How law firms can attract and retain top talent in 2024

Feb 13, 2024

Nearly two-thirds of legal professionals have experienced burnout due to their work according to new research from Realm Recruit. Of course, the legal sector is renowned for its long hours and heavy workloads. But law firms are facing growing challenges in attracting and retaining top talent.

More than a third (37%) of legal professionals have considered leaving their role due to poor mental health and wellbeing (Exizent).

These days, just offering a high salary is no longer enough to compensate for the long-hours culture. Lawyers are increasingly looking for roles that offer a good work-life balance, flexibility and wellbeing support.

Lawyers expect recruitment and retention to be one of the top three challenges in their law firms over the coming years. And recruitment issues are a major barrier to tackling heavy workloads and burnout – creating a vicious circle.

In this blog, we’ll be looking at how law firms can address this issue and break the cycle.

Work-life balance

Research shows that having a poor work-life balance is one of the biggest contributors to stress for lawyers – second only to unmanageable workloads  (Realm Recruit).

So, what can employers do to support their people and help them find a better work-life balance?

Flexible working practices can have a positive impact. According to research by Thomson Reuters, flexible working is the top driver for satisfaction amongst both male and female lawyers.

Hybrid and remote working can also play an important role. Having the option to work remotely is regarded as a must by many – with video calls and meetings now commonplace following the pandemic. Remote working also offers many benefits for law firms – enabling them to recruit from a wider talent pool and reduce office overheads.

However, remote working can also bring challenges – leading to an‘ always switched on’ work mentality. So, employees and employers need to work together to ensure agreed boundaries and time away from tech. Law firms are already taking action to mitigate tech overload. For example, in 2022, Slaughter and May introduced limits on when employees could check emails at weekends.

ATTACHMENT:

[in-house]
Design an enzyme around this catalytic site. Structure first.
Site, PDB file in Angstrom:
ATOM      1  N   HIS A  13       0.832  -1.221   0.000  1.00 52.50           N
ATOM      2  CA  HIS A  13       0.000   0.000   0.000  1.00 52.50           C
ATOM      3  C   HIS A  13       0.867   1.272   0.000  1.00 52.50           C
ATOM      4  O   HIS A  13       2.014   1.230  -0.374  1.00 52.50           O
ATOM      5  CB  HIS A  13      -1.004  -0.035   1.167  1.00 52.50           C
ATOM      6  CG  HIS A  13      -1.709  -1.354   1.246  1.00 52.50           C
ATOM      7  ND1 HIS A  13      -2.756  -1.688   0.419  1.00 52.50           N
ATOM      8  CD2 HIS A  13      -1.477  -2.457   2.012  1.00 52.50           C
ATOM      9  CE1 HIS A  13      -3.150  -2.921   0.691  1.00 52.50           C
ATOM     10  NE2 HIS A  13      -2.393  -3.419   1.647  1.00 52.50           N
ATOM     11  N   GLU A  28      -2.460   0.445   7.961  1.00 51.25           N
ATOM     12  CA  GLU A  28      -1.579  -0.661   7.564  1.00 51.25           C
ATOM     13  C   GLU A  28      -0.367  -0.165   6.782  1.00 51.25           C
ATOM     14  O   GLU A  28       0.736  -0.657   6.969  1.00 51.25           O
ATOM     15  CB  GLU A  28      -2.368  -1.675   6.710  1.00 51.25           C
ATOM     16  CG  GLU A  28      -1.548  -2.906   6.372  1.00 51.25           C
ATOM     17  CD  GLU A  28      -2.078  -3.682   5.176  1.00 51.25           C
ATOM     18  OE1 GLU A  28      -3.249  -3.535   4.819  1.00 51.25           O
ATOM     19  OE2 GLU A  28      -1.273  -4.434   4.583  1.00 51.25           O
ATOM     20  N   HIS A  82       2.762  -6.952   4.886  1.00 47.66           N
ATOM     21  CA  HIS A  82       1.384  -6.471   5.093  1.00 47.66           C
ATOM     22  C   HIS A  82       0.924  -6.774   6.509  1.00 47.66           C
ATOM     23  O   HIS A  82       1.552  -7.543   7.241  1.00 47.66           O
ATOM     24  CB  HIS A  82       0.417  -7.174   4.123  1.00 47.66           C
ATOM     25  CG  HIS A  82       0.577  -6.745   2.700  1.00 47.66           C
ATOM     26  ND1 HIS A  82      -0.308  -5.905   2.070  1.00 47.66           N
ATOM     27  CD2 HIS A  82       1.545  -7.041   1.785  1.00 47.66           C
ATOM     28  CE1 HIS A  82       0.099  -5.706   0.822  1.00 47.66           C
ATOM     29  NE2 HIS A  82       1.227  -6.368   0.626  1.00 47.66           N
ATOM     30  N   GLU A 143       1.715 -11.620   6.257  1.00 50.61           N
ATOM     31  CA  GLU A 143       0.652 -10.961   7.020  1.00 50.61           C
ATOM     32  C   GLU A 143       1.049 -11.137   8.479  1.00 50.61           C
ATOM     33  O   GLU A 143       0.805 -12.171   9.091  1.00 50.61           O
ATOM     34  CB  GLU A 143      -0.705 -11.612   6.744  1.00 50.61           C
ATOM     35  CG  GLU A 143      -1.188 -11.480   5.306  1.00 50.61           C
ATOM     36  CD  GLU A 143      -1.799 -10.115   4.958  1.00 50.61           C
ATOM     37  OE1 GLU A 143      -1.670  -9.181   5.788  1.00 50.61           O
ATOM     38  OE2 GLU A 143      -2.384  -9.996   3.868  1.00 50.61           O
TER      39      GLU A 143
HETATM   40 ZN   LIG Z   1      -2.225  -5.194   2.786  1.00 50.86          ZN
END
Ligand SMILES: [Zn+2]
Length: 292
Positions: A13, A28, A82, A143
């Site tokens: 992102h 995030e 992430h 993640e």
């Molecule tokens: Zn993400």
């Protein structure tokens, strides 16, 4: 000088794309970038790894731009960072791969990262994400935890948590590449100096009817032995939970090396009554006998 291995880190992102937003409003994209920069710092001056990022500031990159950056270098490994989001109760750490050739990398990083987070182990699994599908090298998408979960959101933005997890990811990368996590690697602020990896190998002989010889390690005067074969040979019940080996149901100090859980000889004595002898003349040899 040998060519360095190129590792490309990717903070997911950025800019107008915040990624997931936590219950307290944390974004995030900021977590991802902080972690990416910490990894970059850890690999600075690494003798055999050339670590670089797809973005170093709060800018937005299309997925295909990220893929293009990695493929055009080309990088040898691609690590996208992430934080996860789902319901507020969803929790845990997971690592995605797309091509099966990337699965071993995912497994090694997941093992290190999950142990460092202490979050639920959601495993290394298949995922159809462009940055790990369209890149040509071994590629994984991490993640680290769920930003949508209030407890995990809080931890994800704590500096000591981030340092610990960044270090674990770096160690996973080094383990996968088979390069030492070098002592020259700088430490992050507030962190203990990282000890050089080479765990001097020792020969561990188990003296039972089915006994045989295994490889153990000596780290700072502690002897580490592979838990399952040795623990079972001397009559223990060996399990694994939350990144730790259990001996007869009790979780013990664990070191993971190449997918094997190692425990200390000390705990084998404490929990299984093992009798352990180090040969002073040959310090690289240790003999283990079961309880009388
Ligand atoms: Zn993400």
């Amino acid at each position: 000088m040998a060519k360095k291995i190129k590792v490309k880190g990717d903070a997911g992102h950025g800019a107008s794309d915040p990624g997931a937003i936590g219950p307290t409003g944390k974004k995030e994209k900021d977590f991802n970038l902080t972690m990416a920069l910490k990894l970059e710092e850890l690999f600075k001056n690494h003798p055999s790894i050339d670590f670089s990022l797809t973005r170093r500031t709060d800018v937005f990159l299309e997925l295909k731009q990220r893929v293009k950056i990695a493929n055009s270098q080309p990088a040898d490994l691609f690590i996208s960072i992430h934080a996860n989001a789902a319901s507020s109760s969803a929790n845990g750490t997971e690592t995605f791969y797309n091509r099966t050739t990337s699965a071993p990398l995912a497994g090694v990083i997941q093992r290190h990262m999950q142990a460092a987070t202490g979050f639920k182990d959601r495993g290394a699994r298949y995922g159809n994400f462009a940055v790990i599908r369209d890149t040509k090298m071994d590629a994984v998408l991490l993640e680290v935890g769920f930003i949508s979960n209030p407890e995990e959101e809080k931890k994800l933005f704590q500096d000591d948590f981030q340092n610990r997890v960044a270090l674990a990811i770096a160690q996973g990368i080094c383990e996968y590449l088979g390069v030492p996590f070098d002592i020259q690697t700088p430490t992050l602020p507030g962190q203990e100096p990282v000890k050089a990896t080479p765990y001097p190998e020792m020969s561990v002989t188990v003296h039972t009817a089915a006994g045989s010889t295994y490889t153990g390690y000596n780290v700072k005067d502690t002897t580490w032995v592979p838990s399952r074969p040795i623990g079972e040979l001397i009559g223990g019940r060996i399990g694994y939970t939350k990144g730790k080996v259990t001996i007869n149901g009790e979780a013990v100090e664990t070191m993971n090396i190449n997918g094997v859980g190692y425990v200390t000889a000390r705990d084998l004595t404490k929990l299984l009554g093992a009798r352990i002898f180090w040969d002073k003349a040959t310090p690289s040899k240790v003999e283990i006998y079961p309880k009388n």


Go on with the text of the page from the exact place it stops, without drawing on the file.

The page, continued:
But remote working does have its downsides. Collaborative working can sometimes prove more difficult when you’re working remotely. Employees can feel a degree of isolation, and even loneliness, and lose their sense of community.

So, law firms need to find ways to support remote working and, in some cases, encourage staff to spend more time together in the office. This could be through wellbeing programmes or on-site teambuilding activities, such as art and craft classes and charitable events.

Legal tech, AI and automation

Legal tech can also aid recruitment and retention. Automation tools can streamline processes and reduce the time spent on tedious, repetitive tasks – such as data entry and document creation. This means that legal professionals can focus on high-value tasks with a bigger strategic impact – helping them feel more valued and more likely to stay with their employer.

With AI likely to play a growing role in the legal sector over the coming months and years, law firms should be looking at how they can embed automation in their process to aid recruitment and retention.

Employee benefits and perks

Another way to support employees is through on-site employee benefits. This might involve corporate perks such as on-site travel desks (to organise personal holidays) and dry cleaning services. This kind of benefit enables employees to delegate specific home tasks or chores to a dedicated corporate partner – giving them back valuable time in their day. It’s likely that this type of benefit will become an increasingly central part of the employee reward package over the coming years.